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Spring and Pawl Drag Fly Fishing Reels
The first type of drag system is the traditional Spring-and Pawl-drag. Just because this drag type if traditional doesn't mean it's outdated. In fact, spring-and-pawl fly reels are ideal for trout fishing, particularly when using light tippets....

Cabo Sport Fishing is Like a Box of Chocolates
As Forrest Gump would say, you never know what you’re going to get. Not too many things get me more excited than the prospect of hooking and landing big fish. The mere thought of setting the hook on a 300 pound marlin, hearing the scream of the...

Are You Using The Right Fly Fishing Line?


Your fishing equipment is critical to helping you land that trophy fish and when it comes to fly fishing your line is one of the most important parts of your tackle. Having the right line for the fishing conditions will help you cast accurately and reel in that big one.

Many fishermen use colored line which is easier to see in the water. But if it is easier for you to see, does that mean it is also easier for the fish to see? Probably not. Most likely the fish will only see your leader as well as the fly so don't worry too much about the line color.

One big decision when it comes to fly fishing line is whether you want to use floating or sinking line. This really depends on the type of fishing you are considering. If you want Your flies to stay on top of the water then a floating line is probably best as it will allow your dry flies to float and will be easier to cast. Floating line is a bit more versatile than sinking line, but if you want to do deep water fishing, you might want to consider sinking lines although they will be harder to recast once the line is in the water.

The shape of the line is also another consideration when choosing your fly fishing line. Fishing conditions will generally be the deciding factor here. Double taper lines are a certain diameter on each end but are wider in the center. They are the simplest to use if you are roll casting. Weight forward lines have more weight at the lead end. They can be harder to cast but are better to use if it is windy.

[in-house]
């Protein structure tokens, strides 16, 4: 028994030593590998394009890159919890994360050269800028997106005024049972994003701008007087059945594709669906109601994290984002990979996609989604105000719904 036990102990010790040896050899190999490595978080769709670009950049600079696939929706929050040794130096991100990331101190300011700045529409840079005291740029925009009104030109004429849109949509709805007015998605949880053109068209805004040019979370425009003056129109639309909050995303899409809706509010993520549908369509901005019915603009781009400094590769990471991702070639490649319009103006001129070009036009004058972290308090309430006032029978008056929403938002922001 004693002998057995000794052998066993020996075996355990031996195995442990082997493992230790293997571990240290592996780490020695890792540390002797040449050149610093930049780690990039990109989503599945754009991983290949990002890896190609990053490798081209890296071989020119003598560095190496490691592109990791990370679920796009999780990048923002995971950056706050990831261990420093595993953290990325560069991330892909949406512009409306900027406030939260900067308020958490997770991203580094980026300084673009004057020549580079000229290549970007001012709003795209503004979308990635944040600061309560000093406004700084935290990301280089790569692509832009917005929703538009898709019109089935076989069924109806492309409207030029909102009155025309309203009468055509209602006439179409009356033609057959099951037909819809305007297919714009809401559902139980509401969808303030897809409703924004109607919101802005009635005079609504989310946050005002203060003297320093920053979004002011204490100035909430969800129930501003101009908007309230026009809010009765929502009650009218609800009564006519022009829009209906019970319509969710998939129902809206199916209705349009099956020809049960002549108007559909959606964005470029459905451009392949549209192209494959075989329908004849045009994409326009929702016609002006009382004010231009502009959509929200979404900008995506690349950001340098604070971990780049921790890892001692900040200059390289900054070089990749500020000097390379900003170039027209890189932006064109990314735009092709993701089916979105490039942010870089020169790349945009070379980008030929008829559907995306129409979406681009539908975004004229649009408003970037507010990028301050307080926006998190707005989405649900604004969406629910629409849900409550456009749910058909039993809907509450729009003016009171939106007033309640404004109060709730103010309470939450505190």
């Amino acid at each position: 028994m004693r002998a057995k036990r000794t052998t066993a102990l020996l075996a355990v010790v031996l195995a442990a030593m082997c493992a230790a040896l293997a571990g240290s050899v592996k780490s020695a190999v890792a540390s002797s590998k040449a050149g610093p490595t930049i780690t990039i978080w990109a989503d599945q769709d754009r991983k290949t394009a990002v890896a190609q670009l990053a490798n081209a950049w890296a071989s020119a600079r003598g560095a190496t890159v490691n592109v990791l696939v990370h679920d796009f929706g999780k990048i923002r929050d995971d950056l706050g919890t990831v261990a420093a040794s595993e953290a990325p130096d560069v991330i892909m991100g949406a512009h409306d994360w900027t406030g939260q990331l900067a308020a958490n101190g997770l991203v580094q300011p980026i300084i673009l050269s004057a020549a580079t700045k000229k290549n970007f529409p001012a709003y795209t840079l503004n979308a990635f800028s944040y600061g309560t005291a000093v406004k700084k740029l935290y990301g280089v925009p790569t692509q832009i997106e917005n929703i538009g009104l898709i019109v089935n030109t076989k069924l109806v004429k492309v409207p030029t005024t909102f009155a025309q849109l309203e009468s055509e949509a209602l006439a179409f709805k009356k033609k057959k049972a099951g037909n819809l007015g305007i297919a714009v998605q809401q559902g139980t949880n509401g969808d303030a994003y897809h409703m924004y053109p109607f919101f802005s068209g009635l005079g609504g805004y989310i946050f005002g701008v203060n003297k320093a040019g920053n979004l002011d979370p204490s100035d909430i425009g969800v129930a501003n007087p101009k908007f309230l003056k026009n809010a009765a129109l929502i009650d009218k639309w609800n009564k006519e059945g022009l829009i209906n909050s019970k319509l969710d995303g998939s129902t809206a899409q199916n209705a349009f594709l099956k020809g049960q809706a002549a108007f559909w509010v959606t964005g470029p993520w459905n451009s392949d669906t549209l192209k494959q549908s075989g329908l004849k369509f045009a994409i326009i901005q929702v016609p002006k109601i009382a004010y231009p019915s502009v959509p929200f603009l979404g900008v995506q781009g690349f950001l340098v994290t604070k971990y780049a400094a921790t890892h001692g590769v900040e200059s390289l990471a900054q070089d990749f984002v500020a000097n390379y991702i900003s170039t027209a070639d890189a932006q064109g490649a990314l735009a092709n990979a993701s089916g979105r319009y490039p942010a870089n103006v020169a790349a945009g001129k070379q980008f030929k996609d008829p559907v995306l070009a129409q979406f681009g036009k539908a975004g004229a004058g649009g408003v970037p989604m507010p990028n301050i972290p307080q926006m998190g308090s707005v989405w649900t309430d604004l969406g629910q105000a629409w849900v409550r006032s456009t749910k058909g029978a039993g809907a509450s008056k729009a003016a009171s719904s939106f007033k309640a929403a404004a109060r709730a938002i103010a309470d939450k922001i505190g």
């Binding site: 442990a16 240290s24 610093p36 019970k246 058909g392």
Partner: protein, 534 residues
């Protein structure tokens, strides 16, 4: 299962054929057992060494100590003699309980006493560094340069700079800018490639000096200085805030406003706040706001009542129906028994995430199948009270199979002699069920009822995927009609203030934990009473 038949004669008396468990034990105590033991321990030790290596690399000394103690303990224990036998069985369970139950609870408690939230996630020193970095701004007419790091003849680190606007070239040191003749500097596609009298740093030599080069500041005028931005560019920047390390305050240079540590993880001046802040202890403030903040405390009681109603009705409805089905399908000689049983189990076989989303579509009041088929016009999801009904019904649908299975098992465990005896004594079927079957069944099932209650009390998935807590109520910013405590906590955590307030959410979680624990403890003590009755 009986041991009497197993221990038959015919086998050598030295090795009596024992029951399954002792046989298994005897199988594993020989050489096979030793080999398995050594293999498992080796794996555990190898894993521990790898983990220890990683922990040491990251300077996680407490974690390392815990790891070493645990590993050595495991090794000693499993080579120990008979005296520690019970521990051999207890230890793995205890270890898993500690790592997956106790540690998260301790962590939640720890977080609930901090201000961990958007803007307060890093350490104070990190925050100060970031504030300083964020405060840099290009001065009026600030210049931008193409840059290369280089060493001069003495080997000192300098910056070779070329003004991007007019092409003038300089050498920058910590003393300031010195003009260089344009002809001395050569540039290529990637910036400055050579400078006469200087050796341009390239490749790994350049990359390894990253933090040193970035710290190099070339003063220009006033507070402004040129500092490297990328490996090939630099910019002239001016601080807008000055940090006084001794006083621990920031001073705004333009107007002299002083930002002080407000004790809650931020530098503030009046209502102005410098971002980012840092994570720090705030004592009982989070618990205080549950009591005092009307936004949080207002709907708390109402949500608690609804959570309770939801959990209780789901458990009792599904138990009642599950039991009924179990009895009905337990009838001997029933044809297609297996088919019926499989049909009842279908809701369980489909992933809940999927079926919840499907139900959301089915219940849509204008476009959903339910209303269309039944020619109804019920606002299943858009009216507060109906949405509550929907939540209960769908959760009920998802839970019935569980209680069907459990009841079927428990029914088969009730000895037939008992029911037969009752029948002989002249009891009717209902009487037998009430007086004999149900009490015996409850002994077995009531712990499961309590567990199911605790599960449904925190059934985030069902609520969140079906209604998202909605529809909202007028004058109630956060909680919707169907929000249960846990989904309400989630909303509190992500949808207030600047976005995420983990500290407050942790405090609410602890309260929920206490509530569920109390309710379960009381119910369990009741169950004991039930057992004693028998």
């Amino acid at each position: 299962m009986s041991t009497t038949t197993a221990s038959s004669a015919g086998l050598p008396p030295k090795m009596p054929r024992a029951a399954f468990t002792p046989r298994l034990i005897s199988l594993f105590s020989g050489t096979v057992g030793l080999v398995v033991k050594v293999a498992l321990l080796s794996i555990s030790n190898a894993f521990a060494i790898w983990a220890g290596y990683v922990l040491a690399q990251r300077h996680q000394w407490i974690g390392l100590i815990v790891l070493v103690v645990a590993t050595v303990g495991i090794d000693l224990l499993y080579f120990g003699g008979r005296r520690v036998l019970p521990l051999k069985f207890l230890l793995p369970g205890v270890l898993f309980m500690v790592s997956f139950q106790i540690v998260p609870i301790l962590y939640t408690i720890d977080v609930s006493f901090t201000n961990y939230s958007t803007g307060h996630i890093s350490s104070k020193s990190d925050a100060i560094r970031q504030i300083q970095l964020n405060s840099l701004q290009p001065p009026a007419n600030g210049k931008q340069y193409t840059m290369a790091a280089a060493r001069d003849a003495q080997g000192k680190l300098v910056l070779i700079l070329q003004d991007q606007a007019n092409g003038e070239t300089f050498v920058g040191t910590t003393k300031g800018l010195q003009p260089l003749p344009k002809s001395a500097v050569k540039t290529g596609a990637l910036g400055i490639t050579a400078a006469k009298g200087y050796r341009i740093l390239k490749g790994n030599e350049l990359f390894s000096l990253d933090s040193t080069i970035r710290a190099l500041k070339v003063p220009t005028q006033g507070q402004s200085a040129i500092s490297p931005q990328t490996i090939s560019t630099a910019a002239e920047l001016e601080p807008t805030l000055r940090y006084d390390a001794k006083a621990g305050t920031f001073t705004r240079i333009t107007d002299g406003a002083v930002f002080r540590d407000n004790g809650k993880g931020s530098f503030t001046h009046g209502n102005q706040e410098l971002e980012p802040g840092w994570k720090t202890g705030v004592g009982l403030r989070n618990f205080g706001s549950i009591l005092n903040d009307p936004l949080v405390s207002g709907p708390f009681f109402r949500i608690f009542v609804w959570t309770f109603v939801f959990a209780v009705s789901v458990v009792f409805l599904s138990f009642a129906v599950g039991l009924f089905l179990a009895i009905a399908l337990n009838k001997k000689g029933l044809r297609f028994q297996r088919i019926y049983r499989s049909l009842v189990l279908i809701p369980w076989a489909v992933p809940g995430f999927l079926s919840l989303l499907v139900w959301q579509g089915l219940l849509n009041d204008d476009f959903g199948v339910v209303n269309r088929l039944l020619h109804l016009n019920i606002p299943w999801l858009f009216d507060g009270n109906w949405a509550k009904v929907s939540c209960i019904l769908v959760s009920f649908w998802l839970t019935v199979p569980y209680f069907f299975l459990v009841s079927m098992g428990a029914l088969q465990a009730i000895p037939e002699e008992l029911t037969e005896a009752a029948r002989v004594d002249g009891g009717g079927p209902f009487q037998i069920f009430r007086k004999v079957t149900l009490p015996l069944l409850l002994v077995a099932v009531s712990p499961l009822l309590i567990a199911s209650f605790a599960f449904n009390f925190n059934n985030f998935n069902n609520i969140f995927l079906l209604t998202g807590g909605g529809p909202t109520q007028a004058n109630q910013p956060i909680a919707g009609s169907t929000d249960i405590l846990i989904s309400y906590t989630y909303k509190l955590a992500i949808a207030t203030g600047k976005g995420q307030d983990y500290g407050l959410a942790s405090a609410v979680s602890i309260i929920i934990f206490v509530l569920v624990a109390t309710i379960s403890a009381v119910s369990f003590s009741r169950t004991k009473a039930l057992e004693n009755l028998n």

One thing that may seem obvious when buying fly fishing line is to consider the rod makers recommendations. Any given rod is most compatible with a certain weight of fishing line. Now, you can use any weight you want, but it is at your own risk. Generally speaking, you are better off going with what the rod manufacturer has designed the rod for.

The weight of your line is dictated by the waters you will be fishing and fish you plan to catch. A 3 to 5 weight line is good for small streams where you might catch smaller trout and panfish. A medium weight of 5 to 7 works good for trout and bass in medium rivers. If you are fishing for big trout, salmon or bass or are fishing in big rivers or even light salt water you might go with a 7 to 9 weight line. A 12 weight line is recommended when you are really going for that big catch.

You should also consider buying fly line backing. There are two reasons for this. The first is it will fill up your fly reel before you get to the actual fly line. This way it won't take so long to reel in your line. Also, it will allow the fish to run out farther than the line itself. It's not a big deal for fishing for small trout in streams, but you might want it if you're going after much bigger fish like tarpon.

Taking care of your fishing line will help it last longer and work better. Most importantly you should take care to keep your line clean. Fly lines will pick up dirt and film from the water - so be sure to clean them before putting them away.

Happy Fishing!

About the author:

Lee Dobbins writes for Fishing Around where you can get more fl y fishing tips.

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